The development of genome sequencing technologies has revolutionized the biological sciences in ways which could not have been imagined at the time. This article sets out to document the dawning of the age of genomics and to consider the impact of this revolution on biological investigation, our understanding of life, and the relationship between science and society.
The congruence of several critical technologies was needed to launch the genome era, allowing mapping, sequencing, assembly and analysis of whole genomes. The discovery of restriction enzymes, development of cloning vectors for making representative genomic libraries, hybridization techniques like DNA (Southern) blotting and PCR (polymerase chain reaction) for easy DNA amplification were all major landmarks. Observation of frequent restriction site polymorphisms for mapping markers gave a new lease of life to classical family linkage studies by hugely expanding the repertoire of individual variation that could be easily assessed. While individual variation is essential for classical genetic analysis, it is not required for all mapping exercises, however, the development of chromosomal in situ hybridization for regional chromosomal assignments in mitotic somatic cells was used for dense regional mapping of DNA clones. The advent of DNA sequencing technology was a huge milestone. It was, of necessity, accompanied by improved data storage and retrieval, and novel analytical approaches to empower sequence comparison. Phenotype, gene, and anonymous marker mapping in different organisms were required to deliver biological context to genome mapping.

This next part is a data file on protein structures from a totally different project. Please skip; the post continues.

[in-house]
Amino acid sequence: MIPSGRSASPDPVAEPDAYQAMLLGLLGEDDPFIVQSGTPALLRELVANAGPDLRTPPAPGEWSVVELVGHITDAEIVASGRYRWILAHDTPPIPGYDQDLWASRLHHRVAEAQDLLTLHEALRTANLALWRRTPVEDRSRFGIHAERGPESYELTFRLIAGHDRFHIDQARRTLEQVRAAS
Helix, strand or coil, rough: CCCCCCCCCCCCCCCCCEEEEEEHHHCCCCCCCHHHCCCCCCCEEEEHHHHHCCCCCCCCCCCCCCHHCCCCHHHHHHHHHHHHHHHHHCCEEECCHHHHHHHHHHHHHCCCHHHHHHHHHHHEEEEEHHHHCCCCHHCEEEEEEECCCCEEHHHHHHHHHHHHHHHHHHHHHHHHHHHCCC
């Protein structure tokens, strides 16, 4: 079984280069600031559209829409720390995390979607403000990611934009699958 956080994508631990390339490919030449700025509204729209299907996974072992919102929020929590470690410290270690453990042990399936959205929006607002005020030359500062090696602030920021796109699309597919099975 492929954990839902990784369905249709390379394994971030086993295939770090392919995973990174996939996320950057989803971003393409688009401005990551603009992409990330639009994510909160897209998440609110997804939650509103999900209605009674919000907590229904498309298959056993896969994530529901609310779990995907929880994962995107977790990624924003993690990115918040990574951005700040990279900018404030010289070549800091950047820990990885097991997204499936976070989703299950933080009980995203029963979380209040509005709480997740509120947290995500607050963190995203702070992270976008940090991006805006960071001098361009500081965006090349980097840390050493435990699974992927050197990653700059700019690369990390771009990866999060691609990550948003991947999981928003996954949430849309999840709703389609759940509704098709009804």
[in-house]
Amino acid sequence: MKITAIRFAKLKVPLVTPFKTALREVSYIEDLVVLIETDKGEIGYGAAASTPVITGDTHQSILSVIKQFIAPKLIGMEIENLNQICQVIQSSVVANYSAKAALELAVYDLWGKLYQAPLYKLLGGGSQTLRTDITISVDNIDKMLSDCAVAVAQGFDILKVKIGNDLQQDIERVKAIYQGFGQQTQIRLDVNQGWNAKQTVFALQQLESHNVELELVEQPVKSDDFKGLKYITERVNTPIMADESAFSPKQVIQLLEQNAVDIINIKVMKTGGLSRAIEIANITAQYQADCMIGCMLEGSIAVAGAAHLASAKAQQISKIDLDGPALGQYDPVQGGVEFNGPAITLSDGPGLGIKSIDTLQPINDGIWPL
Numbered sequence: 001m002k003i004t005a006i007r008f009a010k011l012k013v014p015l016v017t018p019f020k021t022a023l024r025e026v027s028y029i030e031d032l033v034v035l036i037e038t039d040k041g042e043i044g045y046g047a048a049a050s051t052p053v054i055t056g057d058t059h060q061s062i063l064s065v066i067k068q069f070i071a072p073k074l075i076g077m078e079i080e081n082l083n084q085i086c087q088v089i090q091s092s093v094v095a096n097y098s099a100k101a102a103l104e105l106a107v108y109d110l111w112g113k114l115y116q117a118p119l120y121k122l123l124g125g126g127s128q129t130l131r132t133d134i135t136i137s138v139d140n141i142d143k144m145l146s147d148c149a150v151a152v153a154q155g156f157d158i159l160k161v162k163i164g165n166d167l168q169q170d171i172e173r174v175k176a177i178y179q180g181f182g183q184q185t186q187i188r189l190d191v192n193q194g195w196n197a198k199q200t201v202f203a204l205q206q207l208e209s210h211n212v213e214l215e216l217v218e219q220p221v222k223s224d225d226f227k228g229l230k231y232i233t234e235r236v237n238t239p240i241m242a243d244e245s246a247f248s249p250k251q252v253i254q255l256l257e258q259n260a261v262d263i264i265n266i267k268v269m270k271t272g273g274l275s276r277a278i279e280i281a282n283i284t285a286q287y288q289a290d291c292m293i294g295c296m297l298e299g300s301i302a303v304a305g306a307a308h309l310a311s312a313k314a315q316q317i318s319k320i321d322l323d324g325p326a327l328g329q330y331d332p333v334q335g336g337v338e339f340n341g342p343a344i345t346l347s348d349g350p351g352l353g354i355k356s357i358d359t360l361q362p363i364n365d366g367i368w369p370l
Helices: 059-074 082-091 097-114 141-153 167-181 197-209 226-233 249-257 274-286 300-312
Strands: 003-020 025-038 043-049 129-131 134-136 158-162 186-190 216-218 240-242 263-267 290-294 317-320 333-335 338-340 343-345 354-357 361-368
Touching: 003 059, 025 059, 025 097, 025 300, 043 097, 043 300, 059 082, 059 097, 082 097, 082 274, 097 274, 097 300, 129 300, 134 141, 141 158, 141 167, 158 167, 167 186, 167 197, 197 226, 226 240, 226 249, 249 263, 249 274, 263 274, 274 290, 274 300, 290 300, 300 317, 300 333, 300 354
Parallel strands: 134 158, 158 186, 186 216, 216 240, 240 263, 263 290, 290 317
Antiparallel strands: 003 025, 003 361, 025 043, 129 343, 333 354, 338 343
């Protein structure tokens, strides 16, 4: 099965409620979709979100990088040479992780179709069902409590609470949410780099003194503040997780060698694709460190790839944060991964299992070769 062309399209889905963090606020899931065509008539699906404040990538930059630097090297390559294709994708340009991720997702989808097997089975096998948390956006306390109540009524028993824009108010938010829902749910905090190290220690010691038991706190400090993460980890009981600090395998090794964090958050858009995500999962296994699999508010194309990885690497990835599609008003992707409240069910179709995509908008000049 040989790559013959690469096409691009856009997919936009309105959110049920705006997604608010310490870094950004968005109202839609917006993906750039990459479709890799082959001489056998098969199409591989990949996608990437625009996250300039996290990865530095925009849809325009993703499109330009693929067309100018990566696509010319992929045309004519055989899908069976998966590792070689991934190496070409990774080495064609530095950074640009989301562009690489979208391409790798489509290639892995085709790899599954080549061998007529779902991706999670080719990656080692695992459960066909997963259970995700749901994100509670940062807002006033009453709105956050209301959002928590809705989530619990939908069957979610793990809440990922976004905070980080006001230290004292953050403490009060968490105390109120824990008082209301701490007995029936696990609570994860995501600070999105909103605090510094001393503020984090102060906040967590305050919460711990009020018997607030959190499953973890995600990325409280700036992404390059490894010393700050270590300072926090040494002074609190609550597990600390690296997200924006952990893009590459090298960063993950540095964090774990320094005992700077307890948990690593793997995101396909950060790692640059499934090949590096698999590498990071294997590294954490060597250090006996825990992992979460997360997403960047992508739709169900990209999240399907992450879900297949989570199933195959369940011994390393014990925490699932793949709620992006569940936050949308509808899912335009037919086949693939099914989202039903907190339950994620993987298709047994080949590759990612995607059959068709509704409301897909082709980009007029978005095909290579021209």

Quite apart from its historic status as the first multicellular eukaryotic model organism to be sequenced and assembled in full by 1998, the Caenorhabditis elegans genome project should be celebrated as the original paradigm for all the other multicellular genomes. The collaborative ethos developed for its efficient and speedy delivery is the model for everything that followed. Its triumph gave John Sulston the insight and confidence to fight successfully to keep the multi-centre Human Genome Project (HGP) fully in the public domain.